You know, this is heading in exactly the direction I wanted it to with sobriety not being a big deal but just how I don’t want to drink any more than I want to eat dog shit – doesn’t need a fanfare each time I don’t, right? And so it hit me this morning as I drove to work and it made me grin from ear to ear because I had almost missed it: today is my three month anniversary of being sober.
There are two sides to this, really. On the one hand the 23rd of January is almost as important to me as my son’s birth date and my wedding day. I’d go as far as to say it’s bigger than Christmas and Midsummer put together. It’s HUGE. And it IS a big deal in some ways I cannot allow myself to minimise:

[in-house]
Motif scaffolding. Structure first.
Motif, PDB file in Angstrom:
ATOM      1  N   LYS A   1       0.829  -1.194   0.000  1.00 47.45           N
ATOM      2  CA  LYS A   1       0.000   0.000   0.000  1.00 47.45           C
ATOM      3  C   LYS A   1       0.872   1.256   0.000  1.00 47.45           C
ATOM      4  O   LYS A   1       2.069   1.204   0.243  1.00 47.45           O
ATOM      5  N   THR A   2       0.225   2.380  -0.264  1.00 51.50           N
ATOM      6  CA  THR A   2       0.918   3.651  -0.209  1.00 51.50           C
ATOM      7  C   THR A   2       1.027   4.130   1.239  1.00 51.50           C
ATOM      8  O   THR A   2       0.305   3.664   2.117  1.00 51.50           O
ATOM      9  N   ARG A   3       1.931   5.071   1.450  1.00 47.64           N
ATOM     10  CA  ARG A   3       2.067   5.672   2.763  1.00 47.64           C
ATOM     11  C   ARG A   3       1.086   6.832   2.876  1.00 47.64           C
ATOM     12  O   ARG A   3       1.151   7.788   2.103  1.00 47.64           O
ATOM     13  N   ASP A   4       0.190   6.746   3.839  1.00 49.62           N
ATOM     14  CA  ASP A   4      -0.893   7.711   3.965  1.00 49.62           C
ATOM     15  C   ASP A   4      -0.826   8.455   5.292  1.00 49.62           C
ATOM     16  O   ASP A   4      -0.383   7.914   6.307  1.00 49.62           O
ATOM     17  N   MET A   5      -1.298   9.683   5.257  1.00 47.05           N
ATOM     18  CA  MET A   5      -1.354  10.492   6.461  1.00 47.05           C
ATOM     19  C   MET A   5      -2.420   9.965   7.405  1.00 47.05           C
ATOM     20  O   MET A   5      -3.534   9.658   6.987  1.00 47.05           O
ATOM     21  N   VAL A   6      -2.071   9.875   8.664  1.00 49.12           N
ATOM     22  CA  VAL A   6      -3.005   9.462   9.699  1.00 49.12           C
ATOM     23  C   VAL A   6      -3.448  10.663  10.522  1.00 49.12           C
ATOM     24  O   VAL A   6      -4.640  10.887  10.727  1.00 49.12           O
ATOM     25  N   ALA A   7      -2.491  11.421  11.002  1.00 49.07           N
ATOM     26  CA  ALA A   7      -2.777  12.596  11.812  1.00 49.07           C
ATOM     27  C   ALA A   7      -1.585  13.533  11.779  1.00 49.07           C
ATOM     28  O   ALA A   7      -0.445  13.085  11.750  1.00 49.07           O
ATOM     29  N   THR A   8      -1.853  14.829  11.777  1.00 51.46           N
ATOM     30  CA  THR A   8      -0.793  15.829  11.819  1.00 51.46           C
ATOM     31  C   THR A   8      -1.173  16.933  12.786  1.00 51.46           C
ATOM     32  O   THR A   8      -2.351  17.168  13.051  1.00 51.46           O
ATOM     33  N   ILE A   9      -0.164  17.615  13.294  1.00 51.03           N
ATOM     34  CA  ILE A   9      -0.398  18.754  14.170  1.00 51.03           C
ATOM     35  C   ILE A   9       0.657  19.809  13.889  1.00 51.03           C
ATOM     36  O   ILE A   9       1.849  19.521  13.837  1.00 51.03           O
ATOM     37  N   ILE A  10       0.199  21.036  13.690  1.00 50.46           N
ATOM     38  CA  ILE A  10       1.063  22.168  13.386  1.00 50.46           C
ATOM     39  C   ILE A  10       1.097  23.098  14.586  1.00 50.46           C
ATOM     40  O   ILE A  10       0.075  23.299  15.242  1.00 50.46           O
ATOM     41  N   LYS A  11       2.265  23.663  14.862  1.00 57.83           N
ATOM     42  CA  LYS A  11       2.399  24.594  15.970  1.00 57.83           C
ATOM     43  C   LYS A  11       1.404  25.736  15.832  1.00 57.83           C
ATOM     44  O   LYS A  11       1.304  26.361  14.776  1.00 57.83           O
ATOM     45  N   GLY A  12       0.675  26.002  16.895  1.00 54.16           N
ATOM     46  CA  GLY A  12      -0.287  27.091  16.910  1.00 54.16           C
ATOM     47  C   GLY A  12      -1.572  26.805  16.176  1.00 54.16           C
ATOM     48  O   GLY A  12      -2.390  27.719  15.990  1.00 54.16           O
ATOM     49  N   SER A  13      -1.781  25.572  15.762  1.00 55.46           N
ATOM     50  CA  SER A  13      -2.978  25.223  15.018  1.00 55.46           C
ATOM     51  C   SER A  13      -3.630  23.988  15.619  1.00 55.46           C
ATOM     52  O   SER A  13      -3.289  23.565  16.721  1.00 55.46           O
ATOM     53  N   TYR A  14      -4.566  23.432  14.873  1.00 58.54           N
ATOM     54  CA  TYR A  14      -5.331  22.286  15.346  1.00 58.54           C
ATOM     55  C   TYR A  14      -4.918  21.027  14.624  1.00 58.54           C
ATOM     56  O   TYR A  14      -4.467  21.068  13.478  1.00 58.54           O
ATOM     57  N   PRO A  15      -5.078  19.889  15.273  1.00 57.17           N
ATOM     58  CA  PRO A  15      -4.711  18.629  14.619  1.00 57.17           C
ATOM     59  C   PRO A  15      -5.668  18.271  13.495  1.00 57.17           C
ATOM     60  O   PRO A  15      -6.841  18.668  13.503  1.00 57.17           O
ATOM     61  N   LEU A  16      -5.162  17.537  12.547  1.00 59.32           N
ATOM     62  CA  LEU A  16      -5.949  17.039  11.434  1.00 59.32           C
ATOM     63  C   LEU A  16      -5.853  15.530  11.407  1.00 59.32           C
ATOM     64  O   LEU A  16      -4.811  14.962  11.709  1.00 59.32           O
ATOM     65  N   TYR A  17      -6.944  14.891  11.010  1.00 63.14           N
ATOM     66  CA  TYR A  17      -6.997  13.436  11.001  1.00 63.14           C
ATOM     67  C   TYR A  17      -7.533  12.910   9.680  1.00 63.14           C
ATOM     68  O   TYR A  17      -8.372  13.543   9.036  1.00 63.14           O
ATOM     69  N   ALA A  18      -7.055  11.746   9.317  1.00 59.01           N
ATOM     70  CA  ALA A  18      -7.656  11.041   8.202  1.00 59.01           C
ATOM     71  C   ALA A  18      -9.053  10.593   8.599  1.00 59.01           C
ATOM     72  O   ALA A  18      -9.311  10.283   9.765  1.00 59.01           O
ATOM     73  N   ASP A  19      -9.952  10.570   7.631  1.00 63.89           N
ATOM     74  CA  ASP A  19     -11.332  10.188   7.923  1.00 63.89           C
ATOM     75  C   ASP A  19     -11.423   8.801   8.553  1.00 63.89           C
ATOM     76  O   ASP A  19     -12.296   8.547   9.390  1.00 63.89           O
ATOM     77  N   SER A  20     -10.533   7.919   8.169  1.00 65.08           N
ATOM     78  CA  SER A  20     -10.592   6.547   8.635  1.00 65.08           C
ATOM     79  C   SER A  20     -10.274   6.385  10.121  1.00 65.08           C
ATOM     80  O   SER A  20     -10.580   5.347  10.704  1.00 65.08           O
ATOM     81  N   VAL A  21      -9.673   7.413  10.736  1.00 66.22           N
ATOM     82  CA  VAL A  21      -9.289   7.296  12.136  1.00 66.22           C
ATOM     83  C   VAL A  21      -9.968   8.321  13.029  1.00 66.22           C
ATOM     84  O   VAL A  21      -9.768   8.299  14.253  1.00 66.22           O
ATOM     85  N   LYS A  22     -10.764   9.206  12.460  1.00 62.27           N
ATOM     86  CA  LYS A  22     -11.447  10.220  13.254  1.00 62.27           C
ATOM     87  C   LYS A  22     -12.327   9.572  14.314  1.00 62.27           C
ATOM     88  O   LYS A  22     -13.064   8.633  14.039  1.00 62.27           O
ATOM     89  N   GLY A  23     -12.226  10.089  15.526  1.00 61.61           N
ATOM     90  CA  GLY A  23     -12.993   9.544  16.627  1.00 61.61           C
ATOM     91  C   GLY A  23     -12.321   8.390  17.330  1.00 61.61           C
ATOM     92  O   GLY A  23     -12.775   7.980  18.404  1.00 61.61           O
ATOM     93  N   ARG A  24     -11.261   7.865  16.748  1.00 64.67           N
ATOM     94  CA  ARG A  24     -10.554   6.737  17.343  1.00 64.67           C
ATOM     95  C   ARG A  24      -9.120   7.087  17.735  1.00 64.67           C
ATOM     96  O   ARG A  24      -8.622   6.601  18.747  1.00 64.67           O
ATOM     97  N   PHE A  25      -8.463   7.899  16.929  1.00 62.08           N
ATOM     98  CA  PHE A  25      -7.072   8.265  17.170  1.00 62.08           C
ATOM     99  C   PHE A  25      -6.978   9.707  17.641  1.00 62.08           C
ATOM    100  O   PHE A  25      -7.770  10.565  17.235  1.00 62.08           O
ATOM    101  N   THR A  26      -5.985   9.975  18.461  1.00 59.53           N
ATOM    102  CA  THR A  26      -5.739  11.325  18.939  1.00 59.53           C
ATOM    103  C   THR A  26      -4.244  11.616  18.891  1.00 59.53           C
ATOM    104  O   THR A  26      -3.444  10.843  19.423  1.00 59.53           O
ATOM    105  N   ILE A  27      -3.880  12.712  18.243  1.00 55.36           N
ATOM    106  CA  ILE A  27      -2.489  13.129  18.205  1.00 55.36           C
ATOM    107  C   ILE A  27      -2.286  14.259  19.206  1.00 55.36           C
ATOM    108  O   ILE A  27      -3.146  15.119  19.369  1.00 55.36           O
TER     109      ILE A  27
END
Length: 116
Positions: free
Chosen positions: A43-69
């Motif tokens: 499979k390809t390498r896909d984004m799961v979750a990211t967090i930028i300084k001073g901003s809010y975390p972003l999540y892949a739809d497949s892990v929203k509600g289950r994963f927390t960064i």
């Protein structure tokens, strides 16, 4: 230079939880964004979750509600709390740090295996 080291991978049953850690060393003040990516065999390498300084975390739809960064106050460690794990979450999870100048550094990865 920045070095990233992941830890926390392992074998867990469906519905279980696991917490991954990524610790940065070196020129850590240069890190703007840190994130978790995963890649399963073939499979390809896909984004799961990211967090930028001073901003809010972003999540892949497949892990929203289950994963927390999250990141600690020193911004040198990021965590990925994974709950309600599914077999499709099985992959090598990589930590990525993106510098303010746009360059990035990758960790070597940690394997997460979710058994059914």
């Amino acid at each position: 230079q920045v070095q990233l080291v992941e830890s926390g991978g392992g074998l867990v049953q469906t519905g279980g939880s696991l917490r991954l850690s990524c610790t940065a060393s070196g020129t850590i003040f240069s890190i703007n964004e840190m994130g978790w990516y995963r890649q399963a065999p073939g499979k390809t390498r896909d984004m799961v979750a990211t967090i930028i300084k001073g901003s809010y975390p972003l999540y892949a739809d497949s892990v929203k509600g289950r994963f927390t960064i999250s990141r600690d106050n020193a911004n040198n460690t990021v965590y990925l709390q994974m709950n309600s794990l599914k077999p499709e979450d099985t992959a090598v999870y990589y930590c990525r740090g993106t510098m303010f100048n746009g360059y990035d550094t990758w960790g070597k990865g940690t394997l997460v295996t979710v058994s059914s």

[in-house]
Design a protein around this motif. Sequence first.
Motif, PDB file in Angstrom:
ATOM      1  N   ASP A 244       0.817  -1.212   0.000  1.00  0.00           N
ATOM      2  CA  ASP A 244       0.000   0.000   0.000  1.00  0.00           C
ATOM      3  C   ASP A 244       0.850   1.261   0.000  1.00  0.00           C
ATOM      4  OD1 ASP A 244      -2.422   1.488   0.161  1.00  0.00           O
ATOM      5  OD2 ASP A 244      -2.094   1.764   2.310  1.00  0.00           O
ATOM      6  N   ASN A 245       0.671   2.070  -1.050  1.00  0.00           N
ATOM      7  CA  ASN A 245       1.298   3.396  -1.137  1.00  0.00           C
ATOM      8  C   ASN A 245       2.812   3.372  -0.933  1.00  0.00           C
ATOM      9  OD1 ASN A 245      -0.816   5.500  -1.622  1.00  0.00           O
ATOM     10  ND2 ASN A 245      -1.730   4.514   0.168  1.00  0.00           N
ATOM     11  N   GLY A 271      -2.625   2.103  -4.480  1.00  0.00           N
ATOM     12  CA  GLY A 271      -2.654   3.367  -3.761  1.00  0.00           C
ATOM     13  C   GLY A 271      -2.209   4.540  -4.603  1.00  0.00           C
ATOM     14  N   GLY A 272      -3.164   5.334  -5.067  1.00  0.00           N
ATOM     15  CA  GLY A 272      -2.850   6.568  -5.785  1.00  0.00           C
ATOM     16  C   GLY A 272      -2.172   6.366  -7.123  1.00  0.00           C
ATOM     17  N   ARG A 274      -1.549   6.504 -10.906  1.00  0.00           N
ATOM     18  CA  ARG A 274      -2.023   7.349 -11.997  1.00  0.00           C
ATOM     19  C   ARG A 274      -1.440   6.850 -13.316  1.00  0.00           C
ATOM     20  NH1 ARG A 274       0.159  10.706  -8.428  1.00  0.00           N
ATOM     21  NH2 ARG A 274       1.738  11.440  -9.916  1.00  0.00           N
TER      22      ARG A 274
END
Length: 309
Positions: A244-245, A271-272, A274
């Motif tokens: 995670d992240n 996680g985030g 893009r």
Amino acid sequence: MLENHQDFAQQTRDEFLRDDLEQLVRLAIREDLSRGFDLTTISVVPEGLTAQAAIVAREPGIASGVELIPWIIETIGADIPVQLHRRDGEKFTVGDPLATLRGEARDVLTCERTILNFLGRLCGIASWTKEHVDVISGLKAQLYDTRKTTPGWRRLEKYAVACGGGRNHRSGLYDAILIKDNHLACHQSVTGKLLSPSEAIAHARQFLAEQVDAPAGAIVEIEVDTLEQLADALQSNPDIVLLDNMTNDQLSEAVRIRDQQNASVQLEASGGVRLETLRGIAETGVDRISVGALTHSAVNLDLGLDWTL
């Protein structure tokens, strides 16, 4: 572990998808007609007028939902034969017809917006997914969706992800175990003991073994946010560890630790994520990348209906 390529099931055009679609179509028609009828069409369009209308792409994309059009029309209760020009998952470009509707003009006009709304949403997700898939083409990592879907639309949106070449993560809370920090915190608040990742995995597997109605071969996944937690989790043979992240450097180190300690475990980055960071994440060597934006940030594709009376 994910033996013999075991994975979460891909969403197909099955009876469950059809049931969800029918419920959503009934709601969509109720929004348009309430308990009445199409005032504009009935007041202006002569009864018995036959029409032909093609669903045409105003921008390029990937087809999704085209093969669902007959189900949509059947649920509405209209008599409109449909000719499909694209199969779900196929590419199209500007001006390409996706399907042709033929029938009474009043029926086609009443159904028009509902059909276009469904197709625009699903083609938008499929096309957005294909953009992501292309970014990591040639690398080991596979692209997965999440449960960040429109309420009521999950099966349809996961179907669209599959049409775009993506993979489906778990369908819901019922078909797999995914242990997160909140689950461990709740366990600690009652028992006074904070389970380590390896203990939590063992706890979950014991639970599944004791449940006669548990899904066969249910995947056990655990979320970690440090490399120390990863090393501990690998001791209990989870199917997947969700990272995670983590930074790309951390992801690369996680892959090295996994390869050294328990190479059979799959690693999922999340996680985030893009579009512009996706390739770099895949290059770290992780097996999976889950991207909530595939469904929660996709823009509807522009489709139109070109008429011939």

I was well underway with:
- Drinking myself to death – the fact that I am still here in spite of all the vin blanc I poured down my neck is astonishing.
- Ruining the lives of my son, my husband and anyone else who loves me.
- Scuppering any chances I had to make the most of whatever talents I have.
- Depriving myself of the joy that comes with truly living life (aka without the depressingly numbing effect of alcohol).
- Never allowing myself to be present in the moment.
- Letting life slip me by.
- Struggling through my days with terrifying hangovers.
- Making a dog’s dinner of most things including my job.
- Hurting my son irreversibly.
- Prioritising drinking above everything else without exception.